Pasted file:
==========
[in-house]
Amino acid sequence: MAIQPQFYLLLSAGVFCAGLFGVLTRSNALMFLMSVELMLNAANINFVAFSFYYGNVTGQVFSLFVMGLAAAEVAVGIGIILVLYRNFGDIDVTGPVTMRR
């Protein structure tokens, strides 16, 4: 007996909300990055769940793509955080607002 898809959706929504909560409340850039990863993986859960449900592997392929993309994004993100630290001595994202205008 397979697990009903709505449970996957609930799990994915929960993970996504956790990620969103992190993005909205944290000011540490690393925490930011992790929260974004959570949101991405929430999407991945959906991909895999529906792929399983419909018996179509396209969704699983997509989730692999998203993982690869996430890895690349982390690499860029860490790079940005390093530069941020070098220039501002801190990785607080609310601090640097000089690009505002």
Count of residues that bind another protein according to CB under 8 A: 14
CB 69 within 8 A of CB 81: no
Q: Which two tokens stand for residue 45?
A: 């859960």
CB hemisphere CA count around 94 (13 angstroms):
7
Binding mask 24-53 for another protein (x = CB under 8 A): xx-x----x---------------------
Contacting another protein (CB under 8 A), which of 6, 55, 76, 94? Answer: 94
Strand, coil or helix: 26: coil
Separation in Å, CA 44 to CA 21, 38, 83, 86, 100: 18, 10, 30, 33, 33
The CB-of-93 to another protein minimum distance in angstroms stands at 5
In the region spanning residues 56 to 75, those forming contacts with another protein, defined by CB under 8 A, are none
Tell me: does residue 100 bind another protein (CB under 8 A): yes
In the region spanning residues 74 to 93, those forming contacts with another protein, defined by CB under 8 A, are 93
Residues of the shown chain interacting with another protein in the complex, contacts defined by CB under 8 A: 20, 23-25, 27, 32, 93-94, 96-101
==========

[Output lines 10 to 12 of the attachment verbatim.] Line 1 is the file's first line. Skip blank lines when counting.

Binding mask 24-53 for another protein (x = CB under 8 A): xx-x----x---------------------
Contacting another protein (CB under 8 A), which of 6, 55, 76, 94? Answer: 94
Strand, coil or helix: 26: coil